AMD does not enter the picture because the entry-level ecosystem is barren and documenting the high-end, be it Intel or AMD, is a monstrous task best accomplished by whoever is planning on spending that much on a server.

Back when I built in 2017 or so, USB nubs were the way to go for system image storage. Today, dual NVME 2.2 is the norm.
That is very inaccurate. USB Flash Drives have been discouraged since at least 2017 by most people. NVMe is an option, but saying that dual NVMe is standard is ludicrous. Single NVMe is a good option, single SATA is a good option. Dual of either is overkill for the home, but a nice to have for little cost in an enterprise build.
 

Dave Hamby

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In 2017 when I was planning out the build, USB flash and NVME were mentioned as an alternative system image mediums. In 2017 NVME storage seemed expensive and I wasn't quite sure what the motherboard wanted so I went the obvious USB flash route. After two failures, I found the use NVME recommendation so I investigated the NVME option again and found that prices had fallen but the SuperMicro motherboard docs were a bit ambiguous about just what the slot interface spec was. Some further poking (I checked what was screened on the MB) found that it was NVME 2.2 so I made the switch and the machine has been stable for 9 months or so. I suspect that in 2017 others had felt the same pain I had gone through but I didn't come across those lessons learned until my reading in 2019.

It's all a matter of when, where, and how you look. Like I say, a new build is an every 5 years or so evolution for me and maintenance is condition based and infrequent.

The hardware recommendations were generally helpful and I spent a good deal of time in them and the SuperMicro website to pick a motherboard that would run both FreeNAS and Roon Core. I settled on a workstation class board with onboard video since I didn't know what other jobs it would pick up. The machine runs 24/7 to serve music through out the house.

Today I was looking at Twitter and found that a poster had transplanted FreeNAS onto a QNAP box and that another had put FreeNAS on an HP desktop micro server. I don't believe either was ECC. One was an 11.3 deployment. The second was a 12.0 beta deployment. Interesting.
 

danb35

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I don't believe either was ECC.
Quite possibly not. ECC is not, and has never been, required to run FreeNAS--it's just strongly recommended. And iX' social media folks don't seem to be as concerned about that as many folks here.
 

Patrick M. Hausen

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The HP Microserver line supports ECC memory throughout. After all they are marketed as servers. Whether you decide to use that feature is another story. I really like those small cubes, specifically the Gen8 which could be bought dirt cheap for the quality and features.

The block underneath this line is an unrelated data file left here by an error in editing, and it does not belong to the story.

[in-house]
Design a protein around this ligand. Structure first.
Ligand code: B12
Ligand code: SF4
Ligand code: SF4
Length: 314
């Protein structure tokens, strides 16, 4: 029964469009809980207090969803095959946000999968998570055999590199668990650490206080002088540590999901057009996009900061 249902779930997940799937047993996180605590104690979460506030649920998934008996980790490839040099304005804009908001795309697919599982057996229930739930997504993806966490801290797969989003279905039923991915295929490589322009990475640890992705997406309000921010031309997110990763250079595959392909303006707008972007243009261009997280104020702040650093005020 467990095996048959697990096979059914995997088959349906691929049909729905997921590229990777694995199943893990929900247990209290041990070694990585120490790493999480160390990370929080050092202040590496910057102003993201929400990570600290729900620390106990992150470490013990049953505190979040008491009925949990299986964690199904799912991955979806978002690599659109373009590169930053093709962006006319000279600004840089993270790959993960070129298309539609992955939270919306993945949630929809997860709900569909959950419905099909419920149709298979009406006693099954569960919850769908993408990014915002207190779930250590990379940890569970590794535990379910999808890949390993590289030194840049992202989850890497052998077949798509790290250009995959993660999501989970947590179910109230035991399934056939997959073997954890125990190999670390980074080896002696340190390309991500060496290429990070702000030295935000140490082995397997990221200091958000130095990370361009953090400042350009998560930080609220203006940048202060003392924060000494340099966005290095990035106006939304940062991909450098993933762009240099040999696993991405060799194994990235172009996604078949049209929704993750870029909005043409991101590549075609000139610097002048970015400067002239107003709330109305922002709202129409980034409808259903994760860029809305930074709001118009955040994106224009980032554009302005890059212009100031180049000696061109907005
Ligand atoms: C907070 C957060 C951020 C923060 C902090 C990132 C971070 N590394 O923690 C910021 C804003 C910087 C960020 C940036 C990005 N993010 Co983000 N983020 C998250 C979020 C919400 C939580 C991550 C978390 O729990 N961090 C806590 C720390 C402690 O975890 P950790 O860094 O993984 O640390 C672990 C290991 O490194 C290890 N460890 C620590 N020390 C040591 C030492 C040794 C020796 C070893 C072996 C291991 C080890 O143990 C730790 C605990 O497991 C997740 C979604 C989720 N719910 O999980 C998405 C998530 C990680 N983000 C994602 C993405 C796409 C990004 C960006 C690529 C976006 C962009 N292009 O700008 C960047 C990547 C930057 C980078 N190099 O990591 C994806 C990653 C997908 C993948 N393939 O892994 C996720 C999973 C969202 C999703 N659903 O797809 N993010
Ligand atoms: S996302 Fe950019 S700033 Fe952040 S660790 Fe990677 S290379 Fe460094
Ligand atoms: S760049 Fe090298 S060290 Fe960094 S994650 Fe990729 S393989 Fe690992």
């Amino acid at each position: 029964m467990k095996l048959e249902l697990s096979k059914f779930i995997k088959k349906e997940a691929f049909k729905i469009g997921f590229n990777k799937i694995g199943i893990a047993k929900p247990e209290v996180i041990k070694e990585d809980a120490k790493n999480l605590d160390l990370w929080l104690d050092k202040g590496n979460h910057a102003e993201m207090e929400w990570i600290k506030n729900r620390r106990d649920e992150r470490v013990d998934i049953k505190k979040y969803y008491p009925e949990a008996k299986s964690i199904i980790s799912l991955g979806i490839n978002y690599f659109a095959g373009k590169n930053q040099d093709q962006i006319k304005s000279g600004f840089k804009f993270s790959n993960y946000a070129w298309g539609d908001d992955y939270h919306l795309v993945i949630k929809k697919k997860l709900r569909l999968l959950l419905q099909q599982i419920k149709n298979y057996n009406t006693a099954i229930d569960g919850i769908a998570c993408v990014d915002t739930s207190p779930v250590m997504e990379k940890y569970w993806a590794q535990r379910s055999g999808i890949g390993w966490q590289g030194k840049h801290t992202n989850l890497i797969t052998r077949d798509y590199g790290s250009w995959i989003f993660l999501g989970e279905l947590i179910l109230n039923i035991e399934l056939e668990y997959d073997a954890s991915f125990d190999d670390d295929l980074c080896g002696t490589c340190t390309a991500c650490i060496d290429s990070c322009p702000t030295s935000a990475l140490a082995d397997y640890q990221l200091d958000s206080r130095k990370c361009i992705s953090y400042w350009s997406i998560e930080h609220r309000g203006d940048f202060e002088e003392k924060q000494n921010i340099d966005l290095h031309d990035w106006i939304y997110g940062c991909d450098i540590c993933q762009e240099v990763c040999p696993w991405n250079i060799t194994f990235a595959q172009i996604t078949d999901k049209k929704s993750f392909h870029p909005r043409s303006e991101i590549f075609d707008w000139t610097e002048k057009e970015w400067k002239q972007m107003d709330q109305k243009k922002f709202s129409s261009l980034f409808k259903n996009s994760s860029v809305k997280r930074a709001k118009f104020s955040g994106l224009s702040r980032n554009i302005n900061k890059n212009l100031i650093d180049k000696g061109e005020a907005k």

morganL

Captain Morgan
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ECC is like wearing a seat belt. The car drives perfectly well without it, but every million miles or so, you realize that wearing that seatbelt may have saved you some pain.

Having more memory in your system is like driving faster... it makes the seat belt even more valuable.
 

HoneyBadger

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From Matthew Ahrens, co-creator of ZFS (with bolding for emphasis added)

There's nothing special about ZFS that requires/encourages the use of ECC RAM more so than any other filesystem. If you use UFS, EXT, NTFS, btrfs, etc without ECC RAM, you are just as much at risk as if you used ZFS without ECC RAM. Actually, ZFS can mitigate this risk to some degree if you enable the unsupported ZFS_DEBUG_MODIFY flag (zfs_flags=0x10). This will checksum the data while at rest in memory, and verify it before writing to disk, thus reducing the window of vulnerability from a memory error.

I would simply say: if you love your data, use ECC RAM. Additionally, use a filesystem that checksums your data, such as ZFS.
 

Dave Hamby

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I'm old school starting with 70's minis that had memory parity at a minimum and ECC in the 32 bit systems. ECC is beneficial with long running images like the FreeBSD kernel and ZFS. The intent is to catch memory corruption in the system image without pulling an illegal instruction trap or branching to neverland. Ionizing radiation from building materials remains a potential cause of memory image corruption. ECC and parity is not needed for systems that are restarted daily as probability is relatively low.

My "interesting" was not so much lack of ECC in the Dell and QNAS installs but that the hardware had not been picked for FreeBSD/FreeNAS use and hardware appropriate code there for NIC and older hardware likely Intel small scale and not Core or Xeon families.
 

morganL

Captain Morgan
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I'm old school starting with 70's minis that had memory parity at a minimum and ECC in the 32 bit systems. ECC is beneficial with long running images like the FreeBSD kernel and ZFS. The intent is to catch memory corruption in the system image without pulling an illegal instruction trap or branching to neverland. Ionizing radiation from building materials remains a potential cause of memory image corruption. ECC and parity is not needed for systems that are restarted daily as probability is relatively low.

My "interesting" was not so much lack of ECC in the Dell and QNAS installs but that the hardware had not been picked for FreeBSD/FreeNAS use and hardware appropriate code there for NIC and older hardware likely Intel small scale and not Core or Xeon families.
ECC also catches memory errors before they are checksummed and stored in the filesystem..... where they then persist for eternity.